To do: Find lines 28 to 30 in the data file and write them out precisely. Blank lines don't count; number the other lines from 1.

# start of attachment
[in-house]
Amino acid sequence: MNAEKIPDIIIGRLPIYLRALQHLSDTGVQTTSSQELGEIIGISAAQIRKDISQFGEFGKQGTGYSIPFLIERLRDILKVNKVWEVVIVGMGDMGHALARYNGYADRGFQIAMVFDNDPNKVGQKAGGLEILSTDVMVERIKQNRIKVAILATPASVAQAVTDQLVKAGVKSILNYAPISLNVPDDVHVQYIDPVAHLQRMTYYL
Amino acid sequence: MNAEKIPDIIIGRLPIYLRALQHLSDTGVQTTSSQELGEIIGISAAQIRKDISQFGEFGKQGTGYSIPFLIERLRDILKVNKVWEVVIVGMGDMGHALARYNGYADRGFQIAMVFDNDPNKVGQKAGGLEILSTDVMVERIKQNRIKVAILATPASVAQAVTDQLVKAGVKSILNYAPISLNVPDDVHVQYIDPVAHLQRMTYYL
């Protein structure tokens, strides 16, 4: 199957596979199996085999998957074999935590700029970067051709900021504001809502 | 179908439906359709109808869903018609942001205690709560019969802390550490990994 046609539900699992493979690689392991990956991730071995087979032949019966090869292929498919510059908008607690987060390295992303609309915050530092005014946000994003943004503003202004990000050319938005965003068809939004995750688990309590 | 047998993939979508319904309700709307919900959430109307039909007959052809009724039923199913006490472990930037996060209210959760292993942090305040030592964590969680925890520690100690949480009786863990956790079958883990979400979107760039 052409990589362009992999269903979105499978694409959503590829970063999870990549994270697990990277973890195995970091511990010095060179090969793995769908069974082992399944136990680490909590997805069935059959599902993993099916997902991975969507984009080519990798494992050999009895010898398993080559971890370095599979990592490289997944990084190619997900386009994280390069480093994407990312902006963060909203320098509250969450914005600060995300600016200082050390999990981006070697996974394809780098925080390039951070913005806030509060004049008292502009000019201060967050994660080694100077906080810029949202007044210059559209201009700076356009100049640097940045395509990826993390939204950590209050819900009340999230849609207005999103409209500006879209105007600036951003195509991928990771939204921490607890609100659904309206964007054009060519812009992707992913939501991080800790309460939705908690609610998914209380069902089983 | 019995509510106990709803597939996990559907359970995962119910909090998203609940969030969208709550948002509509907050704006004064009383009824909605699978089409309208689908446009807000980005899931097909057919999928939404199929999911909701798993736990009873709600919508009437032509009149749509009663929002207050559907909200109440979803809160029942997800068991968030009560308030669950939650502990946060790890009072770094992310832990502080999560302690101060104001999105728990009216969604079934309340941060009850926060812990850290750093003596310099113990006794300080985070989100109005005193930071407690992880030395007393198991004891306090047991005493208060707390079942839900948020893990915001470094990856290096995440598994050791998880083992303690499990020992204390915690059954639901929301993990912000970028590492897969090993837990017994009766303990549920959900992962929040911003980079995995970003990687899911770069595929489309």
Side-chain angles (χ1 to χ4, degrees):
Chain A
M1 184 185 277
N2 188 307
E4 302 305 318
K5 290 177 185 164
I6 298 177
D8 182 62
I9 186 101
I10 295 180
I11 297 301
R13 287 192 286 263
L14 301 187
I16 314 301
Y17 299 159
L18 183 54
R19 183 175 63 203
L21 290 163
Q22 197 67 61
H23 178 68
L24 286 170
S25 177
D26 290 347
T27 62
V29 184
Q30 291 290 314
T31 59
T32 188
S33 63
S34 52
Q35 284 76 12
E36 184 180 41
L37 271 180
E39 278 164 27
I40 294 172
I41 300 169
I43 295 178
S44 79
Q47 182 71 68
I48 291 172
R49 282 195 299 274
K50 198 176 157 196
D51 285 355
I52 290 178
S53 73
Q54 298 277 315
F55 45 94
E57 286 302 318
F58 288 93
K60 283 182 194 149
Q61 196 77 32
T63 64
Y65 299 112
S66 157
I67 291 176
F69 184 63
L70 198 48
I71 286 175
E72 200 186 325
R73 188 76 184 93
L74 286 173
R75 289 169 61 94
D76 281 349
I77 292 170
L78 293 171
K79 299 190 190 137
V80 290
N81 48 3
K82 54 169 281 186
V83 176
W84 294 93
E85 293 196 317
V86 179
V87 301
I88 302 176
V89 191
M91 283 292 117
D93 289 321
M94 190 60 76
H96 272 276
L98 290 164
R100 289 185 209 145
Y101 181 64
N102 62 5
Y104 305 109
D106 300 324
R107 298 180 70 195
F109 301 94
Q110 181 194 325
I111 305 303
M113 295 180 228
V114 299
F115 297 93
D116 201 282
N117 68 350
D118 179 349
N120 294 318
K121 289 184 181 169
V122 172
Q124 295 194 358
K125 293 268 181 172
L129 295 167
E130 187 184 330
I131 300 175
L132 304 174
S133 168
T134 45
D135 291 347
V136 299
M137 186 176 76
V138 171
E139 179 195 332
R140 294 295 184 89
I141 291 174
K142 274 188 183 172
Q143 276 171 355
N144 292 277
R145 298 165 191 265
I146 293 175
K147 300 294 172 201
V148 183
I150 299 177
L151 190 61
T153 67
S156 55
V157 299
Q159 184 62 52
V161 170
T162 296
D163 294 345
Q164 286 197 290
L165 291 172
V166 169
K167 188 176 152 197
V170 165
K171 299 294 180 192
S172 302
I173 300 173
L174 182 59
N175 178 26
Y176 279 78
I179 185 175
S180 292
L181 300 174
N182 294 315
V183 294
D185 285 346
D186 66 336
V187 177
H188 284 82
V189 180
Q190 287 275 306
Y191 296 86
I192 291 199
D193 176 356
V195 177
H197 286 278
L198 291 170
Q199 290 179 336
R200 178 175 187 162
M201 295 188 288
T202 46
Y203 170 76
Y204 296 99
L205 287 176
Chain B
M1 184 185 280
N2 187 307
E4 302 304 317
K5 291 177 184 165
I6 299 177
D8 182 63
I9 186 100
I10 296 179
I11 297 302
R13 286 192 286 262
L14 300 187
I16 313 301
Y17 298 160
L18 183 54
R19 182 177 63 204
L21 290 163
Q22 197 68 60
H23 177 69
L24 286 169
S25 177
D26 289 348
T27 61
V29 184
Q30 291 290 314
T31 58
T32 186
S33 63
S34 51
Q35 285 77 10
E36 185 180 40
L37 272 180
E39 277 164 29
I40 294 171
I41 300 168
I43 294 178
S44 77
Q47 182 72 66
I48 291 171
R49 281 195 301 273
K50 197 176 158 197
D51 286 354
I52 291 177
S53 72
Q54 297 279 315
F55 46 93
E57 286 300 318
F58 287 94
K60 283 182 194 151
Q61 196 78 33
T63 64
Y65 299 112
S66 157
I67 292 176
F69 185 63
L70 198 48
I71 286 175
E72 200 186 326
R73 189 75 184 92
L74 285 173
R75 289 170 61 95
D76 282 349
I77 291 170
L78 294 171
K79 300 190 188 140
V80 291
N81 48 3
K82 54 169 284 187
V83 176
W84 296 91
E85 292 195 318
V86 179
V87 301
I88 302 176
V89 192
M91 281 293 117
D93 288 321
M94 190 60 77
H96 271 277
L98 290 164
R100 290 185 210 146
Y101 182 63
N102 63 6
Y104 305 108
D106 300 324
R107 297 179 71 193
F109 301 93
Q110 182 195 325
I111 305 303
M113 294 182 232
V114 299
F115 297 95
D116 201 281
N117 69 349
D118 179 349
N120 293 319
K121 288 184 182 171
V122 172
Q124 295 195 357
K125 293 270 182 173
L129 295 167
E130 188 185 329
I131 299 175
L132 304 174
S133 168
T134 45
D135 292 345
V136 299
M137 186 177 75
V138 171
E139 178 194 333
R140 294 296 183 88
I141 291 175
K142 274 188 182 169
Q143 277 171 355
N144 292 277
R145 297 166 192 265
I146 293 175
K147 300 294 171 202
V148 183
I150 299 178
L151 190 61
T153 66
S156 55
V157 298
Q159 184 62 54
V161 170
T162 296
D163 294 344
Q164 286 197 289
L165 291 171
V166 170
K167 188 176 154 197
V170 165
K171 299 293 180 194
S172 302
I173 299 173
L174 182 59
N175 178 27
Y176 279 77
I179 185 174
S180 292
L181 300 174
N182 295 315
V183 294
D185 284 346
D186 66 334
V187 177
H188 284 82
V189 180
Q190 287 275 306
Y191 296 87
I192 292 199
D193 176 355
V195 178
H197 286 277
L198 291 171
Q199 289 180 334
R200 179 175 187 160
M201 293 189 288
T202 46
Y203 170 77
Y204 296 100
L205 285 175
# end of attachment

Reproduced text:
T27 62
V29 184
Q30 291 290 314